Ministers discuss need for cooperation

11 Sep 2012
Front row (L-R): The Honourable Norm Letnick, Minister of Agriculture (British Columbia), the Honourable James Arreak, Minister of Environment (Nunavut), and The Honourable Currie Dixon, Minister of Environment (Yukon); Second row: The Honourable Sterling Belliveau, Minister of Fisheries and Aquaculture (Nova Scotia), and Co-chair, the Honourable Keith Ashfield, Minister of Fisheries and Oceans (Canada); Third row: The Honourable Ron MacKinley, Minister of Fisheries, Aquaculture and Rural Development (Prince Edward Island) and the Honourable Michael Olscamp, Minister of Agriculture, Aquaculture, and Fisheries (New Brunswick)

Front row (L-R): The Honourable Norm Letnick, Minister of Agriculture (British Columbia), the Honourable James Arreak, Minister of Environment (Nunavut), and The Honourable Currie Dixon, Minister of Environment (Yukon); Second row: The Honourable Sterling Belliveau, Minister of Fisheries and Aquaculture (Nova Scotia), and Co-chair, the Honourable Keith Ashfield, Minister of Fisheries and Oceans (Canada); Third row: The Honourable Ron MacKinley, Minister of Fisheries, Aquaculture and Rural Development (Prince Edward Island) and the Honourable Michael Olscamp, Minister of Agriculture, Aquaculture, and Fisheries (New Brunswick)

Ministers discussed a range of issues such as aquaculture, aquatic invasive species, and protecting Canada’s fisheries at the CCFAM annual meeting last week in Victoria, British Columbia.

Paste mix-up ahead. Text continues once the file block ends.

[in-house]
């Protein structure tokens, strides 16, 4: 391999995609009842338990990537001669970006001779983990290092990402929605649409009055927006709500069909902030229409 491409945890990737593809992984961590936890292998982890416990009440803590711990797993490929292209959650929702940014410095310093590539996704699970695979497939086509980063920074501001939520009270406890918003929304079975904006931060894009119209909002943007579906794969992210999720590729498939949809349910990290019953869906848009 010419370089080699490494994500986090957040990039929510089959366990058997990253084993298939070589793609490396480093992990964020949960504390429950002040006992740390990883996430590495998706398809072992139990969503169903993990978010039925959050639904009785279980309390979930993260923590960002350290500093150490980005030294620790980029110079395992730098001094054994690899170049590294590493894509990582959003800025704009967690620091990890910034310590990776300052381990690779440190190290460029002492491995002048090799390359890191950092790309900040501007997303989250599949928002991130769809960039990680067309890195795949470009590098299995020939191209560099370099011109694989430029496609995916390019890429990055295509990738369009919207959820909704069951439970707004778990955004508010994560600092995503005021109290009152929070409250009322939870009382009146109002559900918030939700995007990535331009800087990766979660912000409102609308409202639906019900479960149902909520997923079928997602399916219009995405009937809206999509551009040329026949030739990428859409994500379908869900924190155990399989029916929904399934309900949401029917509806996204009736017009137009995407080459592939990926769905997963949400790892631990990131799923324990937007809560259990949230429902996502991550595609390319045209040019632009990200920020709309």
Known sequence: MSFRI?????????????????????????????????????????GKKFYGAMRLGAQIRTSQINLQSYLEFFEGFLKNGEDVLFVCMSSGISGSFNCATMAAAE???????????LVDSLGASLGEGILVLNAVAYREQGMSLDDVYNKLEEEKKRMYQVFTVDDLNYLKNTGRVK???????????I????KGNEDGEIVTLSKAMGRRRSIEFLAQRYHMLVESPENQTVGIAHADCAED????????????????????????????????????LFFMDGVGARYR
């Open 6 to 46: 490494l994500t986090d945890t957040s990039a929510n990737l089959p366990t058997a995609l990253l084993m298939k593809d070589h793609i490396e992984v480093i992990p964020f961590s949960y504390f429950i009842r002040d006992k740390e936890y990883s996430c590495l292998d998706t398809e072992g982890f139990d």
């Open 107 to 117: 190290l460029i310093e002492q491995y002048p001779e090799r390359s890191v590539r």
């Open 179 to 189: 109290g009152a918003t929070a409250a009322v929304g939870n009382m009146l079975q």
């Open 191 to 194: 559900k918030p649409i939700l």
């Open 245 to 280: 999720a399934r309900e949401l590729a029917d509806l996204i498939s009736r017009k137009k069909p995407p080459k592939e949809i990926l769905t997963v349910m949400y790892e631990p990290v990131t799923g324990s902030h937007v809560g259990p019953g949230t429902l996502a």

The Canadian Council of Fisheries and Aquaculture Ministers (CCFAM) meeting was co-chaired by Keith Ashfield, federal Minister of Fisheries and Oceans, and the British Columbia Ministry of Agriculture.

Representatives from all provinces, territories, and the federal government recognised that cooperation is needed to protect Canadian waters from aquatic invasive species with the goal of preserving the biodiversity of aquatic ecosystems, while avoiding duplication and ensuring alignment among both levels of government.

Representatives also discussed the development of an aquaculture regulatory program that will support sustainable fish and seafood production while ensuring the effective management of aquatic animal health and protection of the environment. This will provide stability and will allow aquaculture continued growth as a contributor to the Canadian economy. Aquaculture currently generates about $2 billion in economic activity, creates good jobs in rural communities and occurs in all provinces and in Yukon.

The Atlantic Council of Fisheries and Aquaculture Ministers and representatives also met to discuss matters relevant to Atlantic Canada. Atlantic Ministers discussed the importance of the lobster fishery to Atlantic Canada and agreed to continue discussions aimed at ensuring stability and viability of this important fishery.

At this meeting, Ministers also discussed ongoing science activities such as stock assessment and agreed that these activities are important to both the health of ecosystems and the long-term economic prosperity of the fishing and aquaculture industries.

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